Halima & Tommy Hilfiger In Conversation: ‘Inclusivity Is More Than A Buzzword’
HA: Another key point is opportunity for all. What does that look like at Tommy Hilfiger?
TH: We want to become a more informed organization that creates a strong sense of belonging. From designer to factory worker, everyone in our business deserves to feel valued, supported, and have their voice heard. There are a few internal programs being developed to support this, which I hope we can share soon!
HA: Recently, Tommy Hilfiger launched the People’s Place Program to advance the representation of black, indigenous, and people of color (BIPOC) communities within the fashion and creative industries. Can you share a bit about that?
TH: At 18, I created the original People’s Place as a dedicated space for people from all walks of life to come together to enjoy art, music, fashion, and pop culture. Shaped by the cultural revolution of the 1960s, the original store fostered an exchange of ideas, encouraged authentic self-expression, and challenged social norms. It is in this spirit that the People’s Place Program has been founded, with the aim to advance the representation of BIPOC within the fashion and creative industries. To achieve this, we will be annually committing a minimum of US $5 million for the next three years and focusing on partnerships, career access, and industry leadership that advance this mission.
The Original People’s Place, launched by Tommy Hilfiger when he was 18
HA: You’ve been outspoken in your support of the Black Lives Matter movement. Can you share some of the changes you’ve made within the company with regards to that?
TH: So many steps have already been taken to create more opportunities and platforms for all associates to listen and be heard. We have also rolled out mandatory “unconscious bias” training to all associates, provided resources to develop a deeper understanding of systemic racism, and launched an educational event series on racial justice. But there is always more to be done, and we won’t stop until our organization, and our industry, is truly open, inclusive, and equal.
Aden at the Tommy Hilfiger x Zendaya show at Paris Fashion Week, 2019
HA: One of the things I most admire about you is your commitment to helping the world’s most vulnerable children, as the mission resonates so personally with me. I was thrilled to attend and see you recognized and honored at the Save the Children event last year. Can you share what your hope is and how you continue to work to provide opportunities to our future leaders?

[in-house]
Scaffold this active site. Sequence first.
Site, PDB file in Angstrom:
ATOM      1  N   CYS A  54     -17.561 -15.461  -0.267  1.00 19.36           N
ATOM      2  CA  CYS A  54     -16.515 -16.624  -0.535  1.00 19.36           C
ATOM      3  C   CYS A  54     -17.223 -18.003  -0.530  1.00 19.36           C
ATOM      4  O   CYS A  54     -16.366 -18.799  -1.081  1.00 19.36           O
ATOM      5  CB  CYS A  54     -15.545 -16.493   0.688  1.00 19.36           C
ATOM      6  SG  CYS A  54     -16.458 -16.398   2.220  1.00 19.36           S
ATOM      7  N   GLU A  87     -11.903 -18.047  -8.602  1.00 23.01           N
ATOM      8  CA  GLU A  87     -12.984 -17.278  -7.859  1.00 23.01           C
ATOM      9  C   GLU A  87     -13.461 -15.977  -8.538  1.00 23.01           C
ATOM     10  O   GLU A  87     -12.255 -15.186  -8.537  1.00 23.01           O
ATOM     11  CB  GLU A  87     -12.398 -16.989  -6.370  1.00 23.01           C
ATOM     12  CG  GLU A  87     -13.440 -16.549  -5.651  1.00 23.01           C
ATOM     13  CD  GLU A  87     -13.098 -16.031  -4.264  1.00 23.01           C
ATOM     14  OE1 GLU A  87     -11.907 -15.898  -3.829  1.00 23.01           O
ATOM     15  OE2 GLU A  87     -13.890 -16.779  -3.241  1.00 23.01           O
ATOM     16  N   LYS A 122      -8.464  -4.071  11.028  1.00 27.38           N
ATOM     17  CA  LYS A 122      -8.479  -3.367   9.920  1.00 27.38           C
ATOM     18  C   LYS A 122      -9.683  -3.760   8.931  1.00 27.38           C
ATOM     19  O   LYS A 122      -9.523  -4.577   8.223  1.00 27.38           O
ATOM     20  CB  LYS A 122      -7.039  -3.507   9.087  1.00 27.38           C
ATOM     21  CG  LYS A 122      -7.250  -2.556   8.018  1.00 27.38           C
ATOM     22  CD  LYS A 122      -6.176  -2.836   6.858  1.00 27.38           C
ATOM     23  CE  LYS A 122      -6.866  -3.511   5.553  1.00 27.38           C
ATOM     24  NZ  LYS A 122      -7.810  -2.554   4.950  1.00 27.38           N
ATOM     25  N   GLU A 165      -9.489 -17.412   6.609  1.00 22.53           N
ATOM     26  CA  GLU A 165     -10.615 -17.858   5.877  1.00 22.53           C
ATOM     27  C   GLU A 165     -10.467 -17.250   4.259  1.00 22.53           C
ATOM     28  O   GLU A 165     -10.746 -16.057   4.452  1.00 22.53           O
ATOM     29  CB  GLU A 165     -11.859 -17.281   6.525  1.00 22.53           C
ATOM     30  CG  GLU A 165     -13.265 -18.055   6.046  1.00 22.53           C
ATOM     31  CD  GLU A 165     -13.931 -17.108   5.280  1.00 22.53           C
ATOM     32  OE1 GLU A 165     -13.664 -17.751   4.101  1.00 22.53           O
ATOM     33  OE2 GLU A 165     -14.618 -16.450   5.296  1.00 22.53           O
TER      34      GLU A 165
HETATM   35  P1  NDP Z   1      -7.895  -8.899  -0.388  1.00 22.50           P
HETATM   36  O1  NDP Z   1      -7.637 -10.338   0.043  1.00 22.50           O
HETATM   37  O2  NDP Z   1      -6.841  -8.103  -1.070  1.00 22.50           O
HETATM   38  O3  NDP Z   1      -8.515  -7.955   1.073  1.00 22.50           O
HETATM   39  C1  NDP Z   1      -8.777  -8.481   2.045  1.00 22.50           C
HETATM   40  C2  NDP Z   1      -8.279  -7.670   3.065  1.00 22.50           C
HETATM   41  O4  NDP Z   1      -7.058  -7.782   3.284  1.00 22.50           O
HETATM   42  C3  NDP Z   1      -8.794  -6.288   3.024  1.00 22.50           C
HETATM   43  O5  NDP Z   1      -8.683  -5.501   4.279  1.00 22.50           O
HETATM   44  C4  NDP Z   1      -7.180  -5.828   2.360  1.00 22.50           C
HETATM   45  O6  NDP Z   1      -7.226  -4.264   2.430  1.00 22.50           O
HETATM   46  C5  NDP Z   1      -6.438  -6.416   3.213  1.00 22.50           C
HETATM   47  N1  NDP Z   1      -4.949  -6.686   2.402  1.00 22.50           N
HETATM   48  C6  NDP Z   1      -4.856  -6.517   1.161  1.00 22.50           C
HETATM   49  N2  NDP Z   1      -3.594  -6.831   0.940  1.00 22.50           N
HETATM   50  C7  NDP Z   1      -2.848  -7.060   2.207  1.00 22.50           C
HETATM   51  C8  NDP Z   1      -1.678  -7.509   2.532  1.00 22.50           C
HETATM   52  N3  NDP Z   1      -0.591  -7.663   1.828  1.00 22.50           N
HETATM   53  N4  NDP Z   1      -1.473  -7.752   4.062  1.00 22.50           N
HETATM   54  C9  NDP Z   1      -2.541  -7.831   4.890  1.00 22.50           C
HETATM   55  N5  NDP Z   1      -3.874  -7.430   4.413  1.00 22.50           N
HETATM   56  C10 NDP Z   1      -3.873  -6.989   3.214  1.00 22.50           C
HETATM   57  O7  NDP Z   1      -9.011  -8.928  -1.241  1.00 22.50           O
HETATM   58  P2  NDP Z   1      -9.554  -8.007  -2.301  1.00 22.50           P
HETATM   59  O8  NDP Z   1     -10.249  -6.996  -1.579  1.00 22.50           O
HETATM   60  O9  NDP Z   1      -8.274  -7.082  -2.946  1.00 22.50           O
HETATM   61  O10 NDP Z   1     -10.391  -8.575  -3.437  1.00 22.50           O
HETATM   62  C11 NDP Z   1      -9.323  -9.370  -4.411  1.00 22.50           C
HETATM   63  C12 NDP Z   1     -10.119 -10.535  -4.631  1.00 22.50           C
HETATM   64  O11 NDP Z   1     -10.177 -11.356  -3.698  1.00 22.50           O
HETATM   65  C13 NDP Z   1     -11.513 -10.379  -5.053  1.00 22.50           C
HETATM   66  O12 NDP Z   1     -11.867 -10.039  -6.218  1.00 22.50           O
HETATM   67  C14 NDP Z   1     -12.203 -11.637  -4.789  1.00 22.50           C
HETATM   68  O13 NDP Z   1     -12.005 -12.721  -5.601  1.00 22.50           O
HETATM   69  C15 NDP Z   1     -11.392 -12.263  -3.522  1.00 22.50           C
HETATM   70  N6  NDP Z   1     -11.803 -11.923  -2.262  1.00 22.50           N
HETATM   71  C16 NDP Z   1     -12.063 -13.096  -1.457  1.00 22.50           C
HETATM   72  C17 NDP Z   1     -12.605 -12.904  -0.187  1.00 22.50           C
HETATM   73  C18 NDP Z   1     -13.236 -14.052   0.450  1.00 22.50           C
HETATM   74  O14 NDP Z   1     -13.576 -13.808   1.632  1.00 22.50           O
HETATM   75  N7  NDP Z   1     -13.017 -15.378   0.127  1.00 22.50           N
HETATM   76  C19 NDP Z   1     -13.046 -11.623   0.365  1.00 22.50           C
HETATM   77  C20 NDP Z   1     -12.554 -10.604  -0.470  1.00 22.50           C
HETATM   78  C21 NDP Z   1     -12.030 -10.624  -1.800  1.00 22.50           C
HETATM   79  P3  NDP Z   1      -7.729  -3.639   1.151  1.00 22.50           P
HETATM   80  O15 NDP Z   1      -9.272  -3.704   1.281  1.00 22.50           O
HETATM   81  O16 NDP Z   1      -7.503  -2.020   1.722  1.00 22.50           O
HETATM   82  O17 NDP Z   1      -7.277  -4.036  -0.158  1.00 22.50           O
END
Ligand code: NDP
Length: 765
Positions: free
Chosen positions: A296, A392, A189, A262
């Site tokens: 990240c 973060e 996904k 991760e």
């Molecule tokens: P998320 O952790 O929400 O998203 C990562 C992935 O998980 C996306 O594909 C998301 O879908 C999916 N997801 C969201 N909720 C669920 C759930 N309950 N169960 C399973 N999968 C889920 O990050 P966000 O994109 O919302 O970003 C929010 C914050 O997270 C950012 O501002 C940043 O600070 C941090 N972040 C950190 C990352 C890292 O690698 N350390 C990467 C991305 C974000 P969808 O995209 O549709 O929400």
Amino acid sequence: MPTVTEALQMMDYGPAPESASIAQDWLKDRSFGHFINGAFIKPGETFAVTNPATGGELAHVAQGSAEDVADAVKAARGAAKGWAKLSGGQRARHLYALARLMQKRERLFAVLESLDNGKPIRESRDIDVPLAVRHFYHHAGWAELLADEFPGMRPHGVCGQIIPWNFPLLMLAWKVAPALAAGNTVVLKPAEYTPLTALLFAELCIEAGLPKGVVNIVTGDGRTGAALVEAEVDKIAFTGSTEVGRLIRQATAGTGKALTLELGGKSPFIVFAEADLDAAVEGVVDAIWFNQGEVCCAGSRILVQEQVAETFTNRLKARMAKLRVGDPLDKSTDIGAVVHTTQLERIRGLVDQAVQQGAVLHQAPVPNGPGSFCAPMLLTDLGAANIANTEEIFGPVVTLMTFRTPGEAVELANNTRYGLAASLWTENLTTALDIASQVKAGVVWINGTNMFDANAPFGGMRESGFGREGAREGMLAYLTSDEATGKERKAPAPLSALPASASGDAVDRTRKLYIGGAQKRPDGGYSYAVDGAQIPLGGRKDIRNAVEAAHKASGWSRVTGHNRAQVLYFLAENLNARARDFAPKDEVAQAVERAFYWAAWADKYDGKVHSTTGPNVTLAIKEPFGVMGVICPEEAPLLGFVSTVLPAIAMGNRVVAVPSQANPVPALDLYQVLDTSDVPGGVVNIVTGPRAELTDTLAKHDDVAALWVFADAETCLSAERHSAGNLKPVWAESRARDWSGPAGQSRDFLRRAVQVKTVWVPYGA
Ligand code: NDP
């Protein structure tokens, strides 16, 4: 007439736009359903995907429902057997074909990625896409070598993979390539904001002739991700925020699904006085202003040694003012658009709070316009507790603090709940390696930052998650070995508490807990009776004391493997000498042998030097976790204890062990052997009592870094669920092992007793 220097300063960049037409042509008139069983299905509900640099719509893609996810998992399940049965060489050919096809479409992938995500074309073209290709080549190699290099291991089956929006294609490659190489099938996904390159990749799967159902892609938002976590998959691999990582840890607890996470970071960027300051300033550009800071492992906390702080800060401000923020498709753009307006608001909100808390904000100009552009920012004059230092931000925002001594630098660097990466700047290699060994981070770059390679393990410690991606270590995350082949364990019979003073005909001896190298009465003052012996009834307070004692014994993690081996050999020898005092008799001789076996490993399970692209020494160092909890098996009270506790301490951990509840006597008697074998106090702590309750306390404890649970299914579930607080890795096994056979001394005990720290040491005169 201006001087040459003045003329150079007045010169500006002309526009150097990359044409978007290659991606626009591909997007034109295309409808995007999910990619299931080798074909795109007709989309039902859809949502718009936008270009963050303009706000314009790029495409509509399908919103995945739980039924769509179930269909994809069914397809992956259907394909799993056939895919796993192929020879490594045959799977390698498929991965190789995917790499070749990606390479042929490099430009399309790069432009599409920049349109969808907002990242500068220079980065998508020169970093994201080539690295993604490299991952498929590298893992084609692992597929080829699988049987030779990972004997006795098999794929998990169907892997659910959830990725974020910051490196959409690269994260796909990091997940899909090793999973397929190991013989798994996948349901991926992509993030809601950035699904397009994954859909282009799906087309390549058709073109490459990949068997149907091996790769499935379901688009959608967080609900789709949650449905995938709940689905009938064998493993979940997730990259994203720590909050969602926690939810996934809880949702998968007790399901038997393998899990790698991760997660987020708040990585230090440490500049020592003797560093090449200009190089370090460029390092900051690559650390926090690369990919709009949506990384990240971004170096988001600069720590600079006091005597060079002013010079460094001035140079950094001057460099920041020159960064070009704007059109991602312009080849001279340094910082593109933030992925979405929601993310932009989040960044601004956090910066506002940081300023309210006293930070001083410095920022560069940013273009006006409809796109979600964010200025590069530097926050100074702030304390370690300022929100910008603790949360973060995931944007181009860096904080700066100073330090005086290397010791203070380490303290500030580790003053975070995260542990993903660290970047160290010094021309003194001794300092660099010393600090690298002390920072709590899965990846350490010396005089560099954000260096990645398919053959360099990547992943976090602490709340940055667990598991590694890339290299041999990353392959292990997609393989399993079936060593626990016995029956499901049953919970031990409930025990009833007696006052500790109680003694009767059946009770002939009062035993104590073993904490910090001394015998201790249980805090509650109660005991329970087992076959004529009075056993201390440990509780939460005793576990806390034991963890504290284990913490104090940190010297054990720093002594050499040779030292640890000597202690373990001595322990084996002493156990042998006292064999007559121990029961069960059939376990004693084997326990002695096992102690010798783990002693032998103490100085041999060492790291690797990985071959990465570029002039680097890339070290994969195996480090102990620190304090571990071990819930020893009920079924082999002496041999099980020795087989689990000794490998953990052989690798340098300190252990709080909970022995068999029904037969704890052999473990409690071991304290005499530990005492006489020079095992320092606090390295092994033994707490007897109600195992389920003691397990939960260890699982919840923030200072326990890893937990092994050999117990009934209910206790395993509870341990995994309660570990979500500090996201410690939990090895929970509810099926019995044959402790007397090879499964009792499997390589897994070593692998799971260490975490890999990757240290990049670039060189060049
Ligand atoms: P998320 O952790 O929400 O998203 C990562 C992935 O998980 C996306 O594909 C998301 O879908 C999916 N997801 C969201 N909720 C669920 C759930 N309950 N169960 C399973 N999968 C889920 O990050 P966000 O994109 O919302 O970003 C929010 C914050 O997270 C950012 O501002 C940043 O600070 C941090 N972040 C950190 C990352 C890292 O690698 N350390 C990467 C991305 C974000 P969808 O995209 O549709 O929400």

TH: Since I received such incredible advice early on in my career, I have stayed passionate about mentoring future fashion designers and industry leaders. We have a responsibility to use our platform to advance upcoming talent across all creative mediums. And by building partnerships, we are providing the next generation of leaders with resources, advice, connections, and support.
HA: One of the highlights of my career was wearing a custom Tommy Hilfiger burkini in the pages of Sports Illustrated Swim. What does it mean to you to be highlighting a piece that is geared towards not only Muslim women, but modest dressing women in general?
TH: It was such an honor to work with you and Sports Illustrated on this statement-making moment. When I began designing at 18, my philosophy was to start with the consumer: how they wanted to dress, what they thought was cool, what they needed. This approach is even more important today so we can keep expanding our understanding of what makes beautiful, classic, exciting fashion that is accessible to and inclusive of everyone.
HA: Any final thoughts or a message you would like to share with all of your fans in the Middle East?
TH: I have always admired the elegance of Middle Eastern fashion. I love to see the unique twist our fans across the region put on our collections. It really inspires me to experiment with new approaches.
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Originally published in the December 2020 Issue of Vogue Arabia